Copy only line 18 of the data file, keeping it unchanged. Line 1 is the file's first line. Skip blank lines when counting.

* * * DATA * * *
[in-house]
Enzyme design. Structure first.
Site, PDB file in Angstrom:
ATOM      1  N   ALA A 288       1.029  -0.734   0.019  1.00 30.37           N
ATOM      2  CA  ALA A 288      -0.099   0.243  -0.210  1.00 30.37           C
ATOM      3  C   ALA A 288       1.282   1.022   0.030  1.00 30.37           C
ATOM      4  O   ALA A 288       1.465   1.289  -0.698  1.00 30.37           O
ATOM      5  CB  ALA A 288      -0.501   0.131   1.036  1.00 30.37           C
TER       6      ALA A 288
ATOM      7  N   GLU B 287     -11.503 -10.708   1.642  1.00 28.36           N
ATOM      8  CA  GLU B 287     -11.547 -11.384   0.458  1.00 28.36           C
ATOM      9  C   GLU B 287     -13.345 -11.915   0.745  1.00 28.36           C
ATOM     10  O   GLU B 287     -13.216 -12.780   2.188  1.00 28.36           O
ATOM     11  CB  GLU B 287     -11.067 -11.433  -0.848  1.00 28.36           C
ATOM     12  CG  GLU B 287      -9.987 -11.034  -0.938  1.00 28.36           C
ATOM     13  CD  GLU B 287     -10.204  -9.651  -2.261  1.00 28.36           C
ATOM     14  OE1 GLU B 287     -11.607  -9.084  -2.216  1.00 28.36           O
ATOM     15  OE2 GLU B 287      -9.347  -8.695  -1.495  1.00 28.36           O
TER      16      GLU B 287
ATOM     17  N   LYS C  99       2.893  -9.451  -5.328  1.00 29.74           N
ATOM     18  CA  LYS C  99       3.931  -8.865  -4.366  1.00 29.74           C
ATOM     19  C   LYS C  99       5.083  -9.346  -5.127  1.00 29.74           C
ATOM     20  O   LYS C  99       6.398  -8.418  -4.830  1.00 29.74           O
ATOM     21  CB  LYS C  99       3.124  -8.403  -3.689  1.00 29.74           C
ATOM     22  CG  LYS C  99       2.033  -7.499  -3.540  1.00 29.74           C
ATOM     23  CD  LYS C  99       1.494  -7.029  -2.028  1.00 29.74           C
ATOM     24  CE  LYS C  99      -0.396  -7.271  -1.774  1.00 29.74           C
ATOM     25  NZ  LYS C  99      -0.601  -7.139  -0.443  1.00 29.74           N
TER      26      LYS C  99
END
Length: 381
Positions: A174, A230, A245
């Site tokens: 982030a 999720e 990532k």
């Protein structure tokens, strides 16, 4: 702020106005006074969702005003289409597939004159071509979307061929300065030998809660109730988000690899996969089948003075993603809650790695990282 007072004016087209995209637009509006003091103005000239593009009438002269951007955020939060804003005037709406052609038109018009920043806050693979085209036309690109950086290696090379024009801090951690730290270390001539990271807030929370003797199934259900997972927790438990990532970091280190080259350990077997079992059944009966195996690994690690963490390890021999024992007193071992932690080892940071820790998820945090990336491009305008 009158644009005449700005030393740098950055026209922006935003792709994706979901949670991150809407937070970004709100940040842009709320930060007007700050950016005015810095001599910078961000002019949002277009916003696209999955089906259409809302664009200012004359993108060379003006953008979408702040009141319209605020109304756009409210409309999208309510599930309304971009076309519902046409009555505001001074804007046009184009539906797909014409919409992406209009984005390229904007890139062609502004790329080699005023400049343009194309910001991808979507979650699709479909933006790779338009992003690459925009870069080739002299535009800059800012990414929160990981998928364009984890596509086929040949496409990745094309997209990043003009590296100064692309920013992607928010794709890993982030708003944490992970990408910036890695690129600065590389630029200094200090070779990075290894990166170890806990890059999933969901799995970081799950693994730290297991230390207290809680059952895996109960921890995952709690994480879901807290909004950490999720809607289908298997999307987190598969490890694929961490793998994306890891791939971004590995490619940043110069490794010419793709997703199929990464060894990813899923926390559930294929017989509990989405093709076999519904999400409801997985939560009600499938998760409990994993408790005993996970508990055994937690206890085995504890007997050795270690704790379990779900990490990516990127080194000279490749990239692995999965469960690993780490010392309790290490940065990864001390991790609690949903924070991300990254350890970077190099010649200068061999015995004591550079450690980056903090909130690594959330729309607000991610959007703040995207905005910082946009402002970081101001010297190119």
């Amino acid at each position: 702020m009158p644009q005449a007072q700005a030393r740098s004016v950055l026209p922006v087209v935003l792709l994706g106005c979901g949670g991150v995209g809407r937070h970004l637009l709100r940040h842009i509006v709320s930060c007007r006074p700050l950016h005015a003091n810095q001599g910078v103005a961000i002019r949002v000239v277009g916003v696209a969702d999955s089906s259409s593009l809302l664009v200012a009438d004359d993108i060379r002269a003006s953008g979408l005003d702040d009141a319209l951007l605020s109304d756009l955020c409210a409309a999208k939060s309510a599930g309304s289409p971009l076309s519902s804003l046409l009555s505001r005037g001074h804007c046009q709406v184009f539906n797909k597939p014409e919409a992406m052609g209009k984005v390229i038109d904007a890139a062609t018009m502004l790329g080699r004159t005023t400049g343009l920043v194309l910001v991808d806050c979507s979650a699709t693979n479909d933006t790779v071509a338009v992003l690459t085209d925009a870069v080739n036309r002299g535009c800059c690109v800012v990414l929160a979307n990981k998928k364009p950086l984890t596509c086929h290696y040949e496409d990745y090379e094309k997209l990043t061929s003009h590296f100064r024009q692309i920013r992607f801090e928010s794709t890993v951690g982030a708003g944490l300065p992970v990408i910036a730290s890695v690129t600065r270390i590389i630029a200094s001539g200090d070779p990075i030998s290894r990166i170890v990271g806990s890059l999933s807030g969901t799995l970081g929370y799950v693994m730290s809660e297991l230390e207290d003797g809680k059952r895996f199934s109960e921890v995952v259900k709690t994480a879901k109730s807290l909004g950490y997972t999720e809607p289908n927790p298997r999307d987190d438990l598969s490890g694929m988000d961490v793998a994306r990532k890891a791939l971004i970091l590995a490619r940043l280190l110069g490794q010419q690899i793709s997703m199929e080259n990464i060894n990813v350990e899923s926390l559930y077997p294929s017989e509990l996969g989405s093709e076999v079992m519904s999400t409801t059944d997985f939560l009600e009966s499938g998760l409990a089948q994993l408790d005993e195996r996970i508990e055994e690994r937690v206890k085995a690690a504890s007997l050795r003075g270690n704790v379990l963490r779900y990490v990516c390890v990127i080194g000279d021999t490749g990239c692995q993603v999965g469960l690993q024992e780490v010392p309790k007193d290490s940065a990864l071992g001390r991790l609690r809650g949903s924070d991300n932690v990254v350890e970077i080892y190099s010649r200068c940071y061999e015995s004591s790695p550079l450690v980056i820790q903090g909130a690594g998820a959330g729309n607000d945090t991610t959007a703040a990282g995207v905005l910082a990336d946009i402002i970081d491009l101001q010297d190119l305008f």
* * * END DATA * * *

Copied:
ATOM     15  OE2 GLU B 287      -9.347  -8.695  -1.495  1.00 28.36           O